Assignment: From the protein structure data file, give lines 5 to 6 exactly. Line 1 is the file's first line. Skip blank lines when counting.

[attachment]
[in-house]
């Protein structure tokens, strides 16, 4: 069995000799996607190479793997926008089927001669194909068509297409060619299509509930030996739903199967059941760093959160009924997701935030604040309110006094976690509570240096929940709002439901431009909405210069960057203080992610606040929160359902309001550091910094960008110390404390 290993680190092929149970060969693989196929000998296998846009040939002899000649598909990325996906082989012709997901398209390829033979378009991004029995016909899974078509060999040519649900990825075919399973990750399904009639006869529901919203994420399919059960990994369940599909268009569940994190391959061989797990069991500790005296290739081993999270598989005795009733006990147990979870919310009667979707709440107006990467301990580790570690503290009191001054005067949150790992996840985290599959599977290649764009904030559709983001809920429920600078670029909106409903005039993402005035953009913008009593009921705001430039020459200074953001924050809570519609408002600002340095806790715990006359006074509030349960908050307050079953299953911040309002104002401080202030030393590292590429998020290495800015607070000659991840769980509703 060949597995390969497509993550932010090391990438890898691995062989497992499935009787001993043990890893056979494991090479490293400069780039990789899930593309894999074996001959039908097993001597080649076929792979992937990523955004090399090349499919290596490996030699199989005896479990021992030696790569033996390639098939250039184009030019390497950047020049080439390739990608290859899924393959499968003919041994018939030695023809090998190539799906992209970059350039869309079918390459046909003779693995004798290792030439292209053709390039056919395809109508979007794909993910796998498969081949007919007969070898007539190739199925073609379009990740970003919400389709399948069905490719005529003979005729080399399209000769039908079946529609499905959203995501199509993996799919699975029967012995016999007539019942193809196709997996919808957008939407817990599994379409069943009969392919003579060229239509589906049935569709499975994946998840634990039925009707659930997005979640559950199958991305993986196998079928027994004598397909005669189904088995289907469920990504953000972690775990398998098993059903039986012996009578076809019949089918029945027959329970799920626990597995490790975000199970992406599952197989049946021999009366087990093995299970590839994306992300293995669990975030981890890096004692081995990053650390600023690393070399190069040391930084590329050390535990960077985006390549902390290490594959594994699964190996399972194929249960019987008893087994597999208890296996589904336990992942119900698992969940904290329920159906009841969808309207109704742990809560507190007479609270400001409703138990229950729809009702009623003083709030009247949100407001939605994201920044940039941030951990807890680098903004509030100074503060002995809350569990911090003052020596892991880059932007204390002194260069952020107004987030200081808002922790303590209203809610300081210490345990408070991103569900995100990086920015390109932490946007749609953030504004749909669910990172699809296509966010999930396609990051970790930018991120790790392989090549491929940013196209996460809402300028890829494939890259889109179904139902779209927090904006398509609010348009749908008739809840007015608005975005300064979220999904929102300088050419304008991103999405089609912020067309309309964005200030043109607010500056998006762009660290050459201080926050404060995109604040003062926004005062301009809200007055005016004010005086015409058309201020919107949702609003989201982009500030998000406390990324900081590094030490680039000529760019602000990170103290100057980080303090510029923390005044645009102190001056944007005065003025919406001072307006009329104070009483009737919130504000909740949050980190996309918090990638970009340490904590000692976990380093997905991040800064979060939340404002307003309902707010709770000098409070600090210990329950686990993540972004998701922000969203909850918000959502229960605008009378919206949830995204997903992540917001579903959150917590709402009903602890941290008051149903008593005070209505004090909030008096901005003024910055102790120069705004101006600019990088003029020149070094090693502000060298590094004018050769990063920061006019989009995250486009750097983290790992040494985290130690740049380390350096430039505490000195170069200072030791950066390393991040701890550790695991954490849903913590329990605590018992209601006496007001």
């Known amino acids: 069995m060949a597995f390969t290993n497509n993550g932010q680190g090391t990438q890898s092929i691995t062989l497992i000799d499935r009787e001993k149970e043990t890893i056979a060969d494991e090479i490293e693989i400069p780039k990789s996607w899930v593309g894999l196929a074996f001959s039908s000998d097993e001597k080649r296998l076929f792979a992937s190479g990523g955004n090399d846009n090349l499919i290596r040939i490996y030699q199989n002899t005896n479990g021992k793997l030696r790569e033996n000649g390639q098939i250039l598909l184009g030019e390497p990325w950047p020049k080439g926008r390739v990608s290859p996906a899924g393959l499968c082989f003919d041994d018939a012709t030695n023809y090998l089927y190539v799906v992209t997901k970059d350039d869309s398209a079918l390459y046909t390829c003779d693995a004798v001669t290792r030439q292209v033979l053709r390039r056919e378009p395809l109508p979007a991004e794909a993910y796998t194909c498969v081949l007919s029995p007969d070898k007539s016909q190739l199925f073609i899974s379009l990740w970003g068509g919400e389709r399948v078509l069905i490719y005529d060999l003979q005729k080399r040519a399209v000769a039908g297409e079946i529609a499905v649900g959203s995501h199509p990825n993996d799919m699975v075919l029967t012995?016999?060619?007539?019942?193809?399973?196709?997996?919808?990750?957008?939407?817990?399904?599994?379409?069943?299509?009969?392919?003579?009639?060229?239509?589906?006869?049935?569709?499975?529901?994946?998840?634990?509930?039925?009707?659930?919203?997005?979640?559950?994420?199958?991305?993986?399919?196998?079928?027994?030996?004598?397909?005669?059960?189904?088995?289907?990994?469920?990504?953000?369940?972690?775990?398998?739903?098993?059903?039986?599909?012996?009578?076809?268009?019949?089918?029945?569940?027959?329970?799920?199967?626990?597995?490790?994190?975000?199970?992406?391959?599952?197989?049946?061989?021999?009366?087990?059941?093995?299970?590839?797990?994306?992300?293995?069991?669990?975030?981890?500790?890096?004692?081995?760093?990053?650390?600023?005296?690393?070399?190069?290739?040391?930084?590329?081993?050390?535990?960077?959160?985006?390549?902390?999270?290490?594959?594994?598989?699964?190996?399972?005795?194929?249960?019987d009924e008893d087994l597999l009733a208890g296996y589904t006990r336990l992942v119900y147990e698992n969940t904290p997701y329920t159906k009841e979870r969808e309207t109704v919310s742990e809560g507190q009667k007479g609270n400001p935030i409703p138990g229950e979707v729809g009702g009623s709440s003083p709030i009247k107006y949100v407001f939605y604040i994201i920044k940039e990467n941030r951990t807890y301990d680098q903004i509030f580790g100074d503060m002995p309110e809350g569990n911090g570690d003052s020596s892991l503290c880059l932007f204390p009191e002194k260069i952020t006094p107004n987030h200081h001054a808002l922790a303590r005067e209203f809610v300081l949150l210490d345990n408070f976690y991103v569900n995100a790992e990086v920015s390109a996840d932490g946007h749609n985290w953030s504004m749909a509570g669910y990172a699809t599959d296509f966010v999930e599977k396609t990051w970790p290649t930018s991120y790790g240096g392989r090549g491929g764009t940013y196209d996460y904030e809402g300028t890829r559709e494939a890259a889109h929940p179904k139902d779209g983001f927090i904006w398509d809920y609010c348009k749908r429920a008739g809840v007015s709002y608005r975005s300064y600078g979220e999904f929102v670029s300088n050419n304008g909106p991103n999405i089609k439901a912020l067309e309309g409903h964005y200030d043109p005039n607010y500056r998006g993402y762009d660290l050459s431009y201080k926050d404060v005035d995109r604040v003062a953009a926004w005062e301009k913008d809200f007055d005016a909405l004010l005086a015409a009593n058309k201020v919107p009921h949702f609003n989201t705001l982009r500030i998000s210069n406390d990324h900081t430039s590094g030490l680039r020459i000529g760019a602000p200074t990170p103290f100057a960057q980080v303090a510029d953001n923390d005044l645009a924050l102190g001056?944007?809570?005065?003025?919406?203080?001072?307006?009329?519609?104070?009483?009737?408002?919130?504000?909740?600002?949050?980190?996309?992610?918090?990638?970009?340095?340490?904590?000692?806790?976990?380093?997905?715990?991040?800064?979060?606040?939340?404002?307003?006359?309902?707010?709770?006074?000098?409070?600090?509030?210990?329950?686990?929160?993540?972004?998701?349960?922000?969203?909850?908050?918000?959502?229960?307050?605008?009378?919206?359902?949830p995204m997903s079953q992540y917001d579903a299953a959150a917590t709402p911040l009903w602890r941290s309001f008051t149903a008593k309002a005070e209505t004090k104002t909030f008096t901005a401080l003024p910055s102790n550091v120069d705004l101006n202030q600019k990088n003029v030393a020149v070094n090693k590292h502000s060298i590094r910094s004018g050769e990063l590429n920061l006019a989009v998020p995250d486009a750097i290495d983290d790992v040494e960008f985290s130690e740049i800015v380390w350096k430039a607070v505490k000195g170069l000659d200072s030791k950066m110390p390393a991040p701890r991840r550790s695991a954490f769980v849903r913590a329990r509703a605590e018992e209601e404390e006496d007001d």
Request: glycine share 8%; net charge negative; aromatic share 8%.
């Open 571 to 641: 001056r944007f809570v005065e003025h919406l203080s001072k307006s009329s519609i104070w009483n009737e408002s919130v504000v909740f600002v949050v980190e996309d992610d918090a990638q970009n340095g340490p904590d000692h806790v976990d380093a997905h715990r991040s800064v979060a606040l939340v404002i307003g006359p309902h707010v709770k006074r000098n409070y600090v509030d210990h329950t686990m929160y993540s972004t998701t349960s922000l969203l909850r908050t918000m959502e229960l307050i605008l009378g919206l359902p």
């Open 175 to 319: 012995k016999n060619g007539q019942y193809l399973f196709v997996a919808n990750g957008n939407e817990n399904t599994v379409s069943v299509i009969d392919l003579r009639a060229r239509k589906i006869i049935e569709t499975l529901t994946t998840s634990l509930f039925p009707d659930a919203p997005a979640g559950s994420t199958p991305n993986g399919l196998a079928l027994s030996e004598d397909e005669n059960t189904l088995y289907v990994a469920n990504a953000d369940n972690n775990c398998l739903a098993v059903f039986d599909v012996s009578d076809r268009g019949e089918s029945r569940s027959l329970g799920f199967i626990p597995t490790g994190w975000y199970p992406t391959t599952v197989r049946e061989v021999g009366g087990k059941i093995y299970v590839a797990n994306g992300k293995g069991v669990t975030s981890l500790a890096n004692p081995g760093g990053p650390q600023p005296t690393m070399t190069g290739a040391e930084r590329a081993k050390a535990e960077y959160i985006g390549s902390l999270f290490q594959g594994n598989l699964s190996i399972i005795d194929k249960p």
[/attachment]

């Open 571 to 641: 001056r944007f809570v005065e003025h919406l203080s001072k307006s009329s519609i104070w009483n009737e408002s919130v504000v909740f600002v949050v980190e996309d992610d918090a990638q970009n340095g340490p904590d000692h806790v976990d380093a997905h715990r991040s800064v979060a606040l939340v404002i307003g006359p309902h707010v709770k006074r000098n409070y600090v509030d210990h329950t686990m929160y993540s972004t998701t349960s922000l969203l909850r908050t918000m959502e229960l307050i605008l009378g919206l359902p």
């Open 175 to 319: 012995k016999n060619g007539q019942y193809l399973f196709v997996a919808n990750g957008n939407e817990n399904t599994v379409s069943v299509i009969d392919l003579r009639a060229r239509k589906i006869i049935e569709t499975l529901t994946t998840s634990l509930f039925p009707d659930a919203p997005a979640g559950s994420t199958p991305n993986g399919l196998a079928l027994s030996e004598d397909e005669n059960t189904l088995y289907v990994a469920n990504a953000d369940n972690n775990c398998l739903a098993v059903f039986d599909v012996s009578d076809r268009g019949e089918s029945r569940s027959l329970g799920f199967i626990p597995t490790g994190w975000y199970p992406t391959t599952v197989r049946e061989v021999g009366g087990k059941i093995y299970v590839a797990n994306g992300k293995g069991v669990t975030s981890l500790a890096n004692p081995g760093g990053p650390q600023p005296t690393m070399t190069g290739a040391e930084r590329a081993k050390a535990e960077y959160i985006g390549s902390l999270f290490q594959g594994n598989l699964s190996i399972i005795d194929k249960p």